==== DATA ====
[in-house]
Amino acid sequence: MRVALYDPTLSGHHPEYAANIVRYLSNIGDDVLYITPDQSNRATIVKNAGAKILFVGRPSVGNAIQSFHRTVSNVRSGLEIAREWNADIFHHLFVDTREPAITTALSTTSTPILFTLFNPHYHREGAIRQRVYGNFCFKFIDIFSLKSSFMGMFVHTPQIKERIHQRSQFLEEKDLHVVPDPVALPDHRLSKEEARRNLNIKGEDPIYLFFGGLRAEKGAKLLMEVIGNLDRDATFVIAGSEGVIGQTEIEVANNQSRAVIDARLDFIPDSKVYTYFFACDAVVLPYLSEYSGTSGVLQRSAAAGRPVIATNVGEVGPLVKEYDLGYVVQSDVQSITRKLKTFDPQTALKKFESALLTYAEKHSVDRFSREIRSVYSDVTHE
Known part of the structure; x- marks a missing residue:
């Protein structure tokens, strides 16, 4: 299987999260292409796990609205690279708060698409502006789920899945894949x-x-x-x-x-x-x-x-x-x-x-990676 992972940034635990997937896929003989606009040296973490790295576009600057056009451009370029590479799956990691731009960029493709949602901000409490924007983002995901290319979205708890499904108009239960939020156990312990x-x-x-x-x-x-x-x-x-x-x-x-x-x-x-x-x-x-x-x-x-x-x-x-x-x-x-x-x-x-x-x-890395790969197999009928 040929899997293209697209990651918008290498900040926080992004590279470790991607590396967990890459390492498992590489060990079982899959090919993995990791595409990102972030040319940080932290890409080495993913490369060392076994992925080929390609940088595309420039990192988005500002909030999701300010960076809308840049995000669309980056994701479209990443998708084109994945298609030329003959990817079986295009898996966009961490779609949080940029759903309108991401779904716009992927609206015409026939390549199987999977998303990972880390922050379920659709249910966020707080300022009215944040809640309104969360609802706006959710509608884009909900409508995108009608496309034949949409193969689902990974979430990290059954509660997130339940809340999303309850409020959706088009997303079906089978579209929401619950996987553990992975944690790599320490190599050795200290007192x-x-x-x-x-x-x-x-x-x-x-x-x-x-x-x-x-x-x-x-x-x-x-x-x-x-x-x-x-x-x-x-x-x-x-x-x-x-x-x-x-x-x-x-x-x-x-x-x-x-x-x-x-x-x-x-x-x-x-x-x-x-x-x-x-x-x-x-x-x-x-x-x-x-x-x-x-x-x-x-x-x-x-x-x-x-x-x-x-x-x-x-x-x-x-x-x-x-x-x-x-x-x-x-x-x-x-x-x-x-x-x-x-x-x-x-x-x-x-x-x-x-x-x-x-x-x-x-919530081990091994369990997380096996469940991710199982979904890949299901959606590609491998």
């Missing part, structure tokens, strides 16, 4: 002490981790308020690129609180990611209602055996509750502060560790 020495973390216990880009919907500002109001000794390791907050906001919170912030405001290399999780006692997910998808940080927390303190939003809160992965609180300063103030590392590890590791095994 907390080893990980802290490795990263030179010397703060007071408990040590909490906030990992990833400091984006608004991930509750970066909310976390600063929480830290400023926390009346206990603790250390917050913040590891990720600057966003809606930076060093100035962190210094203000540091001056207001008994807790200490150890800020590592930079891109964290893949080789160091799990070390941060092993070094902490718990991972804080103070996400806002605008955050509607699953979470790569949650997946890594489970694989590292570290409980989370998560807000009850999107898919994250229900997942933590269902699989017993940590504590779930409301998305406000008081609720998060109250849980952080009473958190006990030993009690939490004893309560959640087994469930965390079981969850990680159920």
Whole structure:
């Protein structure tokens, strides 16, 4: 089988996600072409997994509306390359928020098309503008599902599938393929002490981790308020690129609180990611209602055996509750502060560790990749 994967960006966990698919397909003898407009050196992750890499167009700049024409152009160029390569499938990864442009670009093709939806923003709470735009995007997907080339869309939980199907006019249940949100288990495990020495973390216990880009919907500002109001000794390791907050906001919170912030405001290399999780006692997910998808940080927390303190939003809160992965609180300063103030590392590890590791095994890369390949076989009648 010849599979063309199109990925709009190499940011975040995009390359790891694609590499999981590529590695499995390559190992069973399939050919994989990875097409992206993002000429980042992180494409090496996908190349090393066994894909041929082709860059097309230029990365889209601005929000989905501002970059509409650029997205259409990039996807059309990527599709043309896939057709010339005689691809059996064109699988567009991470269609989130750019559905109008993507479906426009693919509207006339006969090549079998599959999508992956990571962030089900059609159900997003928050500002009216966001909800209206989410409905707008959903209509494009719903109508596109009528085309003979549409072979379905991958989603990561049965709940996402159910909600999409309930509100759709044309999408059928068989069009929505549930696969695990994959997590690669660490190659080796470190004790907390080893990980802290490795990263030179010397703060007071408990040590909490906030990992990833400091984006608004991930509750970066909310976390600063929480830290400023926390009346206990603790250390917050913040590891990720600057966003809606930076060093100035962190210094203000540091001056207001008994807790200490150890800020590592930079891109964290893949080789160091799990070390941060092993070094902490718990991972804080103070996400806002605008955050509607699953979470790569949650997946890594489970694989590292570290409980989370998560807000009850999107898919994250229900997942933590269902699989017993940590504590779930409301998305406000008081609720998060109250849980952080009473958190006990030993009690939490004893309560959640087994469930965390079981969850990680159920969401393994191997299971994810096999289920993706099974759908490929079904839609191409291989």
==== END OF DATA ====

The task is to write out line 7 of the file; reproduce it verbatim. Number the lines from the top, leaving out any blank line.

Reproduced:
């Protein structure tokens, strides 16, 4: 089988996600072409997994509306390359928020098309503008599902599938393929002490981790308020690129609180990611209602055996509750502060560790990749 994967960006966990698919397909003898407009050196992750890499167009700049024409152009160029390569499938990864442009670009093709939806923003709470735009995007997907080339869309939980199907006019249940949100288990495990020495973390216990880009919907500002109001000794390791907050906001919170912030405001290399999780006692997910998808940080927390303190939003809160992965609180300063103030590392590890590791095994890369390949076989009648 010849599979063309199109990925709009190499940011975040995009390359790891694609590499999981590529590695499995390559190992069973399939050919994989990875097409992206993002000429980042992180494409090496996908190349090393066994894909041929082709860059097309230029990365889209601005929000989905501002970059509409650029997205259409990039996807059309990527599709043309896939057709010339005689691809059996064109699988567009991470269609989130750019559905109008993507479906426009693919509207006339006969090549079998599959999508992956990571962030089900059609159900997003928050500002009216966001909800209206989410409905707008959903209509494009719903109508596109009528085309003979549409072979379905991958989603990561049965709940996402159910909600999409309930509100759709044309999408059928068989069009929505549930696969695990994959997590690669660490190659080796470190004790907390080893990980802290490795990263030179010397703060007071408990040590909490906030990992990833400091984006608004991930509750970066909310976390600063929480830290400023926390009346206990603790250390917050913040590891990720600057966003809606930076060093100035962190210094203000540091001056207001008994807790200490150890800020590592930079891109964290893949080789160091799990070390941060092993070094902490718990991972804080103070996400806002605008955050509607699953979470790569949650997946890594489970694989590292570290409980989370998560807000009850999107898919994250229900997942933590269902699989017993940590504590779930409301998305406000008081609720998060109250849980952080009473958190006990030993009690939490004893309560959640087994469930965390079981969850990680159920969401393994191997299971994810096999289920993706099974759908490929079904839609191409291989």